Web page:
Cetera latest to be hit with data breach of personal information

Company is offering clients complimentary, two-year membership to an identity theft protection and credit monitoring service

Jun 13, 2019 @ 2:28 pm

By Bruce Kelly and Ryan W. Neal

Cetera Financial Group is the latest in a growing number of financial advice firms to be hit with a data breach, putting information for about 2,000 clients at risk.

The firm confirmed the number of clients whose information was potentially compromised more than two months ago.

"On March 27, Cetera discovered that an unauthorized individual gained access to the email accounts of two Cetera employees, which contained some personal information," wrote company spokesperson Adriana Senior in an email to InvestmentNews. "Cetera takes these incidents very seriously, and took immediate action to secure the information and accurately assess the full impact, including an extensive data assessment process."

The firm did not provide any other information about the data breach.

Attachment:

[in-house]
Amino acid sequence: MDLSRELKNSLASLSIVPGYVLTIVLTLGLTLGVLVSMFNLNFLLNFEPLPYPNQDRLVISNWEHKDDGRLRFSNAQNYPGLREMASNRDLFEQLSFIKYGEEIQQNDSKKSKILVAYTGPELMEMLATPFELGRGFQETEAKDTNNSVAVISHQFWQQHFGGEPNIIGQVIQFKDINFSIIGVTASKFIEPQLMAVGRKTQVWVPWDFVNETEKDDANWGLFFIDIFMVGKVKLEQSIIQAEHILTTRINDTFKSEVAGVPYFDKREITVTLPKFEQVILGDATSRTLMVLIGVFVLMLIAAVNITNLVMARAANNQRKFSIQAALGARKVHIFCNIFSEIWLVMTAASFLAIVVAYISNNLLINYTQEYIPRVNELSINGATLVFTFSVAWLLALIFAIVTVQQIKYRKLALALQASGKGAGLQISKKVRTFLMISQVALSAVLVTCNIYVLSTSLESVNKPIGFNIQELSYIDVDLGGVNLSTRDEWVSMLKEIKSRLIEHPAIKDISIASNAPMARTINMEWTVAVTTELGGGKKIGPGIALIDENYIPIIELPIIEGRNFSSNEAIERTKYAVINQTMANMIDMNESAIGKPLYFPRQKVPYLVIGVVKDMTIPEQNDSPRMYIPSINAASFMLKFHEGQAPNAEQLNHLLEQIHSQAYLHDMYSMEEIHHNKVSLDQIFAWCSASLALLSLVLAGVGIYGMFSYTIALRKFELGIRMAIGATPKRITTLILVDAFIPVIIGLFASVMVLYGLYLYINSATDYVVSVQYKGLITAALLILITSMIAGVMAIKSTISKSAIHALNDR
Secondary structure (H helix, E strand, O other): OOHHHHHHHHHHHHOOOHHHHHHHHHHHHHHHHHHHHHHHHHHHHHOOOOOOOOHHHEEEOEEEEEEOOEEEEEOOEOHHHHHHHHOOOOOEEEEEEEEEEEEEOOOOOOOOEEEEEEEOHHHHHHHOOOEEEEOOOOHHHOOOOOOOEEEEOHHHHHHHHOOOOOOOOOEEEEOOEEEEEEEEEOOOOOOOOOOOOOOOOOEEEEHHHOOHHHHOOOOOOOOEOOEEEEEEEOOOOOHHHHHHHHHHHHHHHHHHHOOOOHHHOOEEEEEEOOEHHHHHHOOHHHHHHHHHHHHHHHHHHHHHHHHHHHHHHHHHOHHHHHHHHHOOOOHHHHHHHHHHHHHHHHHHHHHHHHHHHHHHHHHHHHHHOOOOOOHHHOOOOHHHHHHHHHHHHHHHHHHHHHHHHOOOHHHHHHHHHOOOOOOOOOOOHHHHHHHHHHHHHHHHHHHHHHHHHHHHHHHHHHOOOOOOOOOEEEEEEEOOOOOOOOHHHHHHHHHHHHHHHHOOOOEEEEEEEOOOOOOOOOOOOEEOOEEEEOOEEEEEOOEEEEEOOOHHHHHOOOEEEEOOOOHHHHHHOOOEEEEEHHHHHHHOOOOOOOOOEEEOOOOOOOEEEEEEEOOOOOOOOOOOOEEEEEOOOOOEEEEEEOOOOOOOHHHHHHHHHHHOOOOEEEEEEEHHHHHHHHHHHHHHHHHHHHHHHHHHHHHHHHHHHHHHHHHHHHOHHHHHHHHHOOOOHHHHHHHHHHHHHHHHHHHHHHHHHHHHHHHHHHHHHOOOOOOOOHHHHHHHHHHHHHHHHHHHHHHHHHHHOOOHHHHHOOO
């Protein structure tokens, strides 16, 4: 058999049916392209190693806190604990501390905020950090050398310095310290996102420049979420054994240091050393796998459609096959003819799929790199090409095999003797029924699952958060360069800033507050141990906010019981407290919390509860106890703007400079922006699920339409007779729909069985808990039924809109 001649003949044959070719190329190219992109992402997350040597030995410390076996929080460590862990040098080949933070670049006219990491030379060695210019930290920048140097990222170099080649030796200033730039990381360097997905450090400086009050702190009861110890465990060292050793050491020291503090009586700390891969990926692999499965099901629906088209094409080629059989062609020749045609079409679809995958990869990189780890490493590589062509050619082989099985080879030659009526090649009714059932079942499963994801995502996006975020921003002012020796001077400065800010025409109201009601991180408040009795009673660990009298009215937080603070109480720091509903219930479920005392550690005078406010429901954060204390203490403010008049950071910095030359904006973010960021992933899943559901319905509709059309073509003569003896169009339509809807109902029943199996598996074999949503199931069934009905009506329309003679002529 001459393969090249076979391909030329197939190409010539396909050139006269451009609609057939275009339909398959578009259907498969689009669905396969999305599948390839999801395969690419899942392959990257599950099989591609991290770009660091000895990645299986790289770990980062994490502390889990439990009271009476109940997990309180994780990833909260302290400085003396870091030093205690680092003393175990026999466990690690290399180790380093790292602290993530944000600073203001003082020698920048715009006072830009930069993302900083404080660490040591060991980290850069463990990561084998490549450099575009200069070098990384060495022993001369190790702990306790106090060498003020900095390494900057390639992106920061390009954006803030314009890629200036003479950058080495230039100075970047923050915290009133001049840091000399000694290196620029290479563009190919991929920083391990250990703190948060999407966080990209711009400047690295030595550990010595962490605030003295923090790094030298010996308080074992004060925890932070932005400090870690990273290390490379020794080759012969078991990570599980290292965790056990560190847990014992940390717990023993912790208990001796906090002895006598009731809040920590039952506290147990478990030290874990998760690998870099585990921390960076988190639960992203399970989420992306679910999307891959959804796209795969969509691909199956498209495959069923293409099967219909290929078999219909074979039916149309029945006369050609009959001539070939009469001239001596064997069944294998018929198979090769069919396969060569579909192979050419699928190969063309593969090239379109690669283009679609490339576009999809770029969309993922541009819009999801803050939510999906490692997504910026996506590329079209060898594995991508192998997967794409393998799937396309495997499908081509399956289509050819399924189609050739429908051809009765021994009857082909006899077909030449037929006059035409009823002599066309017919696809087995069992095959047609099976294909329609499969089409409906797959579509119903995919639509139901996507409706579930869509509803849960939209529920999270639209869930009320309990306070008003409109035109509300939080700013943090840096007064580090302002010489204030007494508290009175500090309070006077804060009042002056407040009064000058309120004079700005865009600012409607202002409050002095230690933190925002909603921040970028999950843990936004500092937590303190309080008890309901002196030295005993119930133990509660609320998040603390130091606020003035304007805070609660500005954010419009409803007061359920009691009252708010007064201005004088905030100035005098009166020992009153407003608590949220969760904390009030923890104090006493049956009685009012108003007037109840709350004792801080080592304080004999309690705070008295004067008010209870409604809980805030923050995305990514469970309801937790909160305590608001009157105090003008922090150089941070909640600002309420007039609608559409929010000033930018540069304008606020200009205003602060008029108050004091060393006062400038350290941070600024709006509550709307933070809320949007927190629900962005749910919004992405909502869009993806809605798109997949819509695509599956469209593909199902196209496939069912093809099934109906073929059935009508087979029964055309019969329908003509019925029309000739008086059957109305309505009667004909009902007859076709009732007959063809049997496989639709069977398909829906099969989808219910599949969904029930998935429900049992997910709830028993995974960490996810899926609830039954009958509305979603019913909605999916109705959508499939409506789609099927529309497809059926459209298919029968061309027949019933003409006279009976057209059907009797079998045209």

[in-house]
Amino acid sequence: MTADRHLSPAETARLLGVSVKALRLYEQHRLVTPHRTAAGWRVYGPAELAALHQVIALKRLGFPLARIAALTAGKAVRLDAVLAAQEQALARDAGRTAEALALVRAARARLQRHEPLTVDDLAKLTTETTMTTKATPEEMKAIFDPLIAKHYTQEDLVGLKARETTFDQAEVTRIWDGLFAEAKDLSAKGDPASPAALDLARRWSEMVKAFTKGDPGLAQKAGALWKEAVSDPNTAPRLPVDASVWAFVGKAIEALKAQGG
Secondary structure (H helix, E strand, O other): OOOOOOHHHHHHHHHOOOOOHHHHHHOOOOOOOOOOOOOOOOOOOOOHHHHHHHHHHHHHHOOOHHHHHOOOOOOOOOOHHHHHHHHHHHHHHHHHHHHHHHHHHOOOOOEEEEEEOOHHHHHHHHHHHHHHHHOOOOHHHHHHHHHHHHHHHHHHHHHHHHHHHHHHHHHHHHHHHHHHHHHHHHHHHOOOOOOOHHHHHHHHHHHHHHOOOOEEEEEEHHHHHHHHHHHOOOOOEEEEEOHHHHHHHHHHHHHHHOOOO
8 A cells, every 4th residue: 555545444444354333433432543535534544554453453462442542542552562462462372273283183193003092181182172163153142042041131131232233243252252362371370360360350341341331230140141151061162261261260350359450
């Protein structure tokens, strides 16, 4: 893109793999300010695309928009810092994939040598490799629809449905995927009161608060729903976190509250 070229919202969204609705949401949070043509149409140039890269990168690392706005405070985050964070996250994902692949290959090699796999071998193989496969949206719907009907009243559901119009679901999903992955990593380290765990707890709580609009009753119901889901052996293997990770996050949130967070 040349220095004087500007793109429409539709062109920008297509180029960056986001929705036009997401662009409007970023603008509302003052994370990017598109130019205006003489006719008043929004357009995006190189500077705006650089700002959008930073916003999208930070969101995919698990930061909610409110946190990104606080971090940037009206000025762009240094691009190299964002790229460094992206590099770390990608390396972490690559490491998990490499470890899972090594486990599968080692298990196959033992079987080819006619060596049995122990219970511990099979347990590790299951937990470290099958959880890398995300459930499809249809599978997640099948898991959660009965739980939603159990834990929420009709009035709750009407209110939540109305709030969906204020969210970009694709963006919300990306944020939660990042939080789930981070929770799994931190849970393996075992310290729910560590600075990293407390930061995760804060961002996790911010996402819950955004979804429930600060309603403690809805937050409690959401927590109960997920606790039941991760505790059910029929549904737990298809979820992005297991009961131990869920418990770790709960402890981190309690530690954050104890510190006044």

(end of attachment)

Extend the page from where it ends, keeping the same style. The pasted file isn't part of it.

A network of six broker-dealers that house close to 8,000 financial advisers and registered reps, Cetera is offering clients who might be affected a complimentary, two-year membership to an identity theft protection and credit monitoring service.

In an email from Cetera Financial Specialists to advisers, the company noted that "your clients' information continues to be of paramount importance to all of us at Cetera Financial Specialists."

"Although we have no evidence to suggest your clients' personal information has been misused, as a precaution we are notifying you and your clients about the incident," stated the email, which did not have a date on it.

It has become increasingly common for financial advice companies and firms across the financial services industry to fall prey to breakdowns in computer security that wind up revealing personal information about clients or advisers.

For example, in February Voya Financial Advisors Inc. told its brokers and financial advisers that a glitch on a biography webpage for its brokers put their Social Security numbers at risk of exposure.

BlackRock Inc. made headlines in January when it was revealed that the company accidentally exposed confidential information involving about 20,000 financial advisers.

And last month, InvestmentNews reported that Redtail Technology may have exposed personal client information that advisers store on Redtail's client relationship management software due to a data breach.


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